1959 Yearbook 039-1 B

The above photo was taken from the 1959 yearbook. These unidentified young men appear to be enjoying themselves.

[UPDATE 3/9/09:  I received an e-mail from Bruce Burton regarding the above photo.  Bruce says that Larry Tyler and Wynne Copeland Tyler have identified these four young men as, from left to right, Mike Burton, Freddie Lamar, Clyde Spence, and Mike Sparks.]

Then there was the scoreboard, which would now be quite antiquated, but functioned well enough in its time:

1958 Yearbook 037-1 A

As is apparent from the picture above (taken from the 1958 yearbook) the balconies went all the way back to the west (stage) wall, and the balcony on the north side was almost within reaching distance of the scoreboard.  The clock part of the scoreboard operated like an old-style stopwatch, in reverse, with minute and second hands.

The photo below, taken from the 1957 B. & P. W. scrapbook, shows the floor-level seating on the south side, and was taken on the occasion of a New Year’s Eve dance sponsored by the P. T. A.  The bottom of the south-side balcony can be seen at the top of the photo.

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The photo below, also taken at that dance, clearly shows the relationship of the stage to the goal at the west end of the playing surface.  It was possible to sit in chairs on the stage and look down at the games.  Also, it was from here that James Drake took the action photo of Ginger Hamner contained in the 2/13/09 post on this site.

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At the other (east) end of the gym were located the front doors (although usually only the doors on the south side were used) and the stairways on each side up to the balconies.   The photo below, looking toward the northeast corner of the gym, shows the “Rhythm Club,” and is taken from the 1957 B. & P. W. scrapbook.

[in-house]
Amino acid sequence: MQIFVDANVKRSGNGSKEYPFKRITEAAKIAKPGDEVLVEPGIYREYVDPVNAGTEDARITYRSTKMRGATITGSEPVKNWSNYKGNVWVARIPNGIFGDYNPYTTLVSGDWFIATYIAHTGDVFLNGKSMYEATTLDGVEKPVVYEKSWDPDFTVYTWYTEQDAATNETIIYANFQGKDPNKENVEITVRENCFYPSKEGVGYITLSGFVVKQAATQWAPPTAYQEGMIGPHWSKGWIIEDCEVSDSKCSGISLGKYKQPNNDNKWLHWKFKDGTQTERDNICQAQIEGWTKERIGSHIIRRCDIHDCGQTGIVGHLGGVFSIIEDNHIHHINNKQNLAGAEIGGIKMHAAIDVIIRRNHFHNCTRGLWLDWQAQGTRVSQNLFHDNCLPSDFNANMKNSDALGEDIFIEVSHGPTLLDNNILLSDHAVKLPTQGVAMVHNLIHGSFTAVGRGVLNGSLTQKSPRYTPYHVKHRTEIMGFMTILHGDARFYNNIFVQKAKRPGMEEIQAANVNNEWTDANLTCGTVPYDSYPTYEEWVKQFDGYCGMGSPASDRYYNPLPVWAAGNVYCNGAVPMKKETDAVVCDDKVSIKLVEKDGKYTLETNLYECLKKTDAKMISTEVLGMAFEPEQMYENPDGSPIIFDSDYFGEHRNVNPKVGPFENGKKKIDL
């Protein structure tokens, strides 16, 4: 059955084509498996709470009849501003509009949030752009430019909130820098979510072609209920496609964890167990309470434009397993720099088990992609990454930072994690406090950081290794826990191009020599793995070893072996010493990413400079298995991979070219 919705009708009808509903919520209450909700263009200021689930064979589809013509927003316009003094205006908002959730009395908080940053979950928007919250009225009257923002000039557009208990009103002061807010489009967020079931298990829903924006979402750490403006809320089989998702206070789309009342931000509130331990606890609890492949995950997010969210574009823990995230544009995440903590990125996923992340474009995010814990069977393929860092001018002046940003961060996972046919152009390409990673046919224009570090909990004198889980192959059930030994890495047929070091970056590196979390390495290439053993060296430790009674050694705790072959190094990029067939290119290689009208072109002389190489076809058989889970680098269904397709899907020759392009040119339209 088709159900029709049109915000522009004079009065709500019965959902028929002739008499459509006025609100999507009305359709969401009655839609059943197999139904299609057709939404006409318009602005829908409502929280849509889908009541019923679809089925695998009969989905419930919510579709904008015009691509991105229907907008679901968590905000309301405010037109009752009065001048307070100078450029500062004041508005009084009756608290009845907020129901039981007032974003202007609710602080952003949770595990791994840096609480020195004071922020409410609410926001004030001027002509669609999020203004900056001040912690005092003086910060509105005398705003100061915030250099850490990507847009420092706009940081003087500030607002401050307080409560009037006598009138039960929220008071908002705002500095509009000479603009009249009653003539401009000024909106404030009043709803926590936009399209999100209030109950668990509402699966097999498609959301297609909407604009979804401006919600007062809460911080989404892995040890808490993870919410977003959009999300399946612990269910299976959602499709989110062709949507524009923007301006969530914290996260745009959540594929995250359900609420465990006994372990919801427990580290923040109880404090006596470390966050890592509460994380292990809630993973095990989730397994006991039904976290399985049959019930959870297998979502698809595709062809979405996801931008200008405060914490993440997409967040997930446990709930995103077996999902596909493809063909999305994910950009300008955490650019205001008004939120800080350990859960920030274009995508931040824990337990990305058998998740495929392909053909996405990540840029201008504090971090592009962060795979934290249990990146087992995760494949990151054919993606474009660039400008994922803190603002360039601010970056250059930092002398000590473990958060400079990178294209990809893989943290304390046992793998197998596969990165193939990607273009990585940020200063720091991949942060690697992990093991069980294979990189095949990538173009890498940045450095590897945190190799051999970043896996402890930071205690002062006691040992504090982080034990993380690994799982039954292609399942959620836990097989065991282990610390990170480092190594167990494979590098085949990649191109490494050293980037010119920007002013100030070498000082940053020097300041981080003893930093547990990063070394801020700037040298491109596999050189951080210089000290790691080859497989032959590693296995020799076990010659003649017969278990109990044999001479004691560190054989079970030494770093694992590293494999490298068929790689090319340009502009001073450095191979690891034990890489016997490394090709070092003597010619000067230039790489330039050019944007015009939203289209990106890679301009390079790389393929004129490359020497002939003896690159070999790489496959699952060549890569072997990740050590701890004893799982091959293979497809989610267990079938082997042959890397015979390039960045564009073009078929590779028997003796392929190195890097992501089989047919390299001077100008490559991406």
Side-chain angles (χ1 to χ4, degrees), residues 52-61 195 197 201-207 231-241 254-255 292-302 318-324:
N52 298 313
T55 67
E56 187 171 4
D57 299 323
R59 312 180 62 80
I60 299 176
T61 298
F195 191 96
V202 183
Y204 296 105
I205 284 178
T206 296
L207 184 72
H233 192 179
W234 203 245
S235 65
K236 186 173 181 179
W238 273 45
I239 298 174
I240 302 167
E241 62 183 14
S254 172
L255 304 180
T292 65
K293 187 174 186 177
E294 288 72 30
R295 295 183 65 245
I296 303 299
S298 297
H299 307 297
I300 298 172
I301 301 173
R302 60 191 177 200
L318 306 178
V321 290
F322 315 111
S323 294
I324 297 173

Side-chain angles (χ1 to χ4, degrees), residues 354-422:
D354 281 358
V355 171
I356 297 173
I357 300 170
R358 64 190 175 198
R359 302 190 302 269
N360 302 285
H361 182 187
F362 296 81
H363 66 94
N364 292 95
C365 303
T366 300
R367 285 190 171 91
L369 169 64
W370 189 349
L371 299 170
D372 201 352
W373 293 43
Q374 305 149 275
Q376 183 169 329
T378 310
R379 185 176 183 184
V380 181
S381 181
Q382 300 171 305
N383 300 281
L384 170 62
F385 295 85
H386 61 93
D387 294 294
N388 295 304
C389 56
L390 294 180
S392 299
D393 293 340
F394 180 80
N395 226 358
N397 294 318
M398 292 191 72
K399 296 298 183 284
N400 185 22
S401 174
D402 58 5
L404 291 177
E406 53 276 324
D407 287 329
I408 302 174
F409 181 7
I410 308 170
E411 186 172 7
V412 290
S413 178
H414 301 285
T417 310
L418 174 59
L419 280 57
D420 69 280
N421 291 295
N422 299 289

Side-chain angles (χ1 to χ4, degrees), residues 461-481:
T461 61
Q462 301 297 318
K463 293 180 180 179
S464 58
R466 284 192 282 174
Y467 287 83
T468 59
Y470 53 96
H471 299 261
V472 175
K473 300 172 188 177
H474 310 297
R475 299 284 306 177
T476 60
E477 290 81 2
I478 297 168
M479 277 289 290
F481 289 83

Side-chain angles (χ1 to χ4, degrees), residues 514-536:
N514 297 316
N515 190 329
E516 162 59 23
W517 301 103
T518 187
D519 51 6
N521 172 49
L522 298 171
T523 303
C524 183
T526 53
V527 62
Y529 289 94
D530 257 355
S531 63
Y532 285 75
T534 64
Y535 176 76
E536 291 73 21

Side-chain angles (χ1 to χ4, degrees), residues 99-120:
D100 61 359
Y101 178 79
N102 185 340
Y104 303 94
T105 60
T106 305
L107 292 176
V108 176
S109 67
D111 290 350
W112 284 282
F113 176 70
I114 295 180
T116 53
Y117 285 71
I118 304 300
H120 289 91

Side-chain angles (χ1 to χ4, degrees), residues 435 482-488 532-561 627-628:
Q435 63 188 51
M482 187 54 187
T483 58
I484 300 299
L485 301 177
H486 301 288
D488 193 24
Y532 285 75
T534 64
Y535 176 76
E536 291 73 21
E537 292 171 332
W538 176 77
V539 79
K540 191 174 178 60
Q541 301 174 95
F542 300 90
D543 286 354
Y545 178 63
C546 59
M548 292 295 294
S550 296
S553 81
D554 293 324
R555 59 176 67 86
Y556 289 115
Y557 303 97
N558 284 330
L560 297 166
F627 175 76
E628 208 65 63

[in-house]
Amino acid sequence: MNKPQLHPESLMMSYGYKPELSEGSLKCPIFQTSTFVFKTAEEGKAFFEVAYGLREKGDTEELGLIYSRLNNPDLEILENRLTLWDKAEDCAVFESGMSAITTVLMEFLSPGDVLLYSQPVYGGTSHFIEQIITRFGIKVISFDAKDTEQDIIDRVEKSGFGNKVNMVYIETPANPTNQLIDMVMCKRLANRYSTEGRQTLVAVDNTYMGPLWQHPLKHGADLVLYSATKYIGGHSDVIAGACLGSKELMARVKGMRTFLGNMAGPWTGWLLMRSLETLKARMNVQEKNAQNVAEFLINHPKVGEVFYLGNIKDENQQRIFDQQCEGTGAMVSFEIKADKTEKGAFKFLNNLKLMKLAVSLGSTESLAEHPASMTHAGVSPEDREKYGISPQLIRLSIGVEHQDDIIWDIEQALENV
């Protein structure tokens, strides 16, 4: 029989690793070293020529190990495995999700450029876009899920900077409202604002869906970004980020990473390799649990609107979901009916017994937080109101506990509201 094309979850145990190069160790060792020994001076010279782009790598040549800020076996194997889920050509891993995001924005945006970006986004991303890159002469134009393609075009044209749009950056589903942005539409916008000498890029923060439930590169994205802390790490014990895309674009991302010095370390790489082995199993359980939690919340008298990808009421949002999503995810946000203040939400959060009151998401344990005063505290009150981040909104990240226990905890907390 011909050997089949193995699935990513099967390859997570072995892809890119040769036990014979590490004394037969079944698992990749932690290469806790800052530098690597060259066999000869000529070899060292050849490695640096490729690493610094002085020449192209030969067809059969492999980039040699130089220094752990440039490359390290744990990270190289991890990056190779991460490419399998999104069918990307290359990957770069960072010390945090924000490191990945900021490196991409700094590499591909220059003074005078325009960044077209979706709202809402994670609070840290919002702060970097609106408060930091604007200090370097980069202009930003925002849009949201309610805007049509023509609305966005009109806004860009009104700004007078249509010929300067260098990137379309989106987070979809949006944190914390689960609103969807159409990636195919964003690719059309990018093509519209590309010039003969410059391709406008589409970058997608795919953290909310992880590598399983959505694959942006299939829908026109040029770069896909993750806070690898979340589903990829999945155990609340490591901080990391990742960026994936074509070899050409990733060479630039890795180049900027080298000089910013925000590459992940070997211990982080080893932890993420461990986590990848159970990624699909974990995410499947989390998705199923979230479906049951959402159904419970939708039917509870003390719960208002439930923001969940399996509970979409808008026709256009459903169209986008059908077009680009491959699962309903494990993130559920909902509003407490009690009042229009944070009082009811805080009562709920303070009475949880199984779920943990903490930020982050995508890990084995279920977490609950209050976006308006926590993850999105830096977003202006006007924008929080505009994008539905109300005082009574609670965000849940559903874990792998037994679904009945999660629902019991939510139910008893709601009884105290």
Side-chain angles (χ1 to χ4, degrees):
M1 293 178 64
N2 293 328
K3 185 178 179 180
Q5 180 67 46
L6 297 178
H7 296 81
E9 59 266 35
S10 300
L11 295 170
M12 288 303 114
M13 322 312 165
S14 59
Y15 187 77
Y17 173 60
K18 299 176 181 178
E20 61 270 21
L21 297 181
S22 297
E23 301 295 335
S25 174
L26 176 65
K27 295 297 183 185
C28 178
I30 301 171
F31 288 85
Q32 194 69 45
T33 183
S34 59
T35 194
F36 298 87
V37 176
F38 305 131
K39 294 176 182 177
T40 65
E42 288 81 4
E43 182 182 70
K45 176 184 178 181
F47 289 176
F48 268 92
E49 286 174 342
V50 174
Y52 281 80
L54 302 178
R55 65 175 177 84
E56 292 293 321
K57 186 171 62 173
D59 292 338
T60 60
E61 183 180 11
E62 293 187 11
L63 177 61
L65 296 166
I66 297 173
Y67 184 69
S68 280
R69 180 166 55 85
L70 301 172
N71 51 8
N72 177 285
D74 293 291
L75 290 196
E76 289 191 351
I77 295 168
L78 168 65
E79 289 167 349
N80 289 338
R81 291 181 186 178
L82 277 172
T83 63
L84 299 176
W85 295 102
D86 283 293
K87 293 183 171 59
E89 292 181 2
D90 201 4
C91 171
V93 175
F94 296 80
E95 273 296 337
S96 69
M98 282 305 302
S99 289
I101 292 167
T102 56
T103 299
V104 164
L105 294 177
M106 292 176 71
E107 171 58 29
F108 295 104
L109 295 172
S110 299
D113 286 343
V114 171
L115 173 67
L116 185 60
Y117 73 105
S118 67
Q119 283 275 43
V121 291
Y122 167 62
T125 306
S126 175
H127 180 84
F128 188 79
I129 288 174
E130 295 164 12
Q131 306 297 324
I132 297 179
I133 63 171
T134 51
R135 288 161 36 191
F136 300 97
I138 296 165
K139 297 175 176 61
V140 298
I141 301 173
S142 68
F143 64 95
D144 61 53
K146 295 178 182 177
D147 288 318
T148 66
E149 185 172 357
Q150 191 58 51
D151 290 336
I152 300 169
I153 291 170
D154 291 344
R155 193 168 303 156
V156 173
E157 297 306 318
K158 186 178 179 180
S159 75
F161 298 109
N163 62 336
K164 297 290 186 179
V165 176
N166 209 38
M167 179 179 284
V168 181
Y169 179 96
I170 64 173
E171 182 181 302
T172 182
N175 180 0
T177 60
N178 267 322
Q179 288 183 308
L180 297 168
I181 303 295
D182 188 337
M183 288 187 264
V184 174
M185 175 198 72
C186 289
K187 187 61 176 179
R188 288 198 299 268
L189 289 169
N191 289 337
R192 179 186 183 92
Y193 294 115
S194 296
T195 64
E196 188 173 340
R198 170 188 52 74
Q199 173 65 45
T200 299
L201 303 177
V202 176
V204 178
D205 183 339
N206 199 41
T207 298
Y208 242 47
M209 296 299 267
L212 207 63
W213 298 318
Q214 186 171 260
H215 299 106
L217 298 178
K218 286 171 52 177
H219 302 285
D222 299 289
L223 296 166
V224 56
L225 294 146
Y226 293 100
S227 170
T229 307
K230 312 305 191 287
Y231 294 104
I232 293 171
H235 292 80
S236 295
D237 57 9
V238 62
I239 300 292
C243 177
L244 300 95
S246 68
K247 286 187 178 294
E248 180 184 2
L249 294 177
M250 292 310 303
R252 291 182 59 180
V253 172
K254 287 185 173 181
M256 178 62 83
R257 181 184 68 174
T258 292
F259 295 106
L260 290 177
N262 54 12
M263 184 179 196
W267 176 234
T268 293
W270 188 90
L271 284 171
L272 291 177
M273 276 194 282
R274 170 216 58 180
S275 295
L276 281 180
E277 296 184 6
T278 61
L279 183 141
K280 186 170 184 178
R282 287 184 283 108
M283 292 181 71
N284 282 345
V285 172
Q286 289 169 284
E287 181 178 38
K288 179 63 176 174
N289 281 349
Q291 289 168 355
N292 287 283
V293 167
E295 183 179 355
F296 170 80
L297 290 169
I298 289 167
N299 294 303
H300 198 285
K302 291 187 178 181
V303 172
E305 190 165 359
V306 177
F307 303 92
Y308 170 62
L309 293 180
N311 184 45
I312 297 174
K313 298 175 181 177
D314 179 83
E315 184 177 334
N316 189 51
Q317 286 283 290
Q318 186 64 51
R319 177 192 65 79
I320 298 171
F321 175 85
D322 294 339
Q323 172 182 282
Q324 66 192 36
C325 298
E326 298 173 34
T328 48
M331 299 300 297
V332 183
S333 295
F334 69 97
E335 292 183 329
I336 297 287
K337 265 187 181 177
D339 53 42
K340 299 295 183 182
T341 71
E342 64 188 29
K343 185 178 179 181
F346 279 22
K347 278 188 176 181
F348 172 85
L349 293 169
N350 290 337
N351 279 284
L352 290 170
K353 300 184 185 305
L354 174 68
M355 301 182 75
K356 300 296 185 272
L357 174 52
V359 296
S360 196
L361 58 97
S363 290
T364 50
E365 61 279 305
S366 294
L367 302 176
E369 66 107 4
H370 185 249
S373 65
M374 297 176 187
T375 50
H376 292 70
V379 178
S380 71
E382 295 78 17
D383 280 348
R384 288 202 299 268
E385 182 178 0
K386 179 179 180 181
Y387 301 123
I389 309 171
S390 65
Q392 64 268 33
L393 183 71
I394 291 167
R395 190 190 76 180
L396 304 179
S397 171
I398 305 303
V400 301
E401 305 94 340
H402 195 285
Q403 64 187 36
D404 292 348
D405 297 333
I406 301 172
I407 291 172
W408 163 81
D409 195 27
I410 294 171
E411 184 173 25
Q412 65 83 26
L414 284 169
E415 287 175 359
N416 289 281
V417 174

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The gentleman in the center of the photo, keeping a watchful eye on these students, is Coach Leo Johnson.

Finally, here is a photo, also taken from the 1957 B. & P. W. Scrapbook on the occasion of the Harvest Festival, which shows a little more clearly the relationship of the east goal to the east wall of the gym.

DSC02264 B

Old Gymnasium, 1935, Part 1 of 2

As mentioned in the previous post, the last school year that the old gymnasium was used for junior and senior high school basketball games was 1961–1962.  The first official game in the “new” (now current) gym was in the fall of 1962, with the Bright Star junior boys defeating the Bradley junior boys, 26–22.  (I remember watching that game from the bench.  James Simmons was the Bradley boys’ coach at the time.)

Back to the old gym, though.  In 1997, Frank M. Cochran, Jr., wrote the following piece containing his recollections of the construction and early use of the old gym: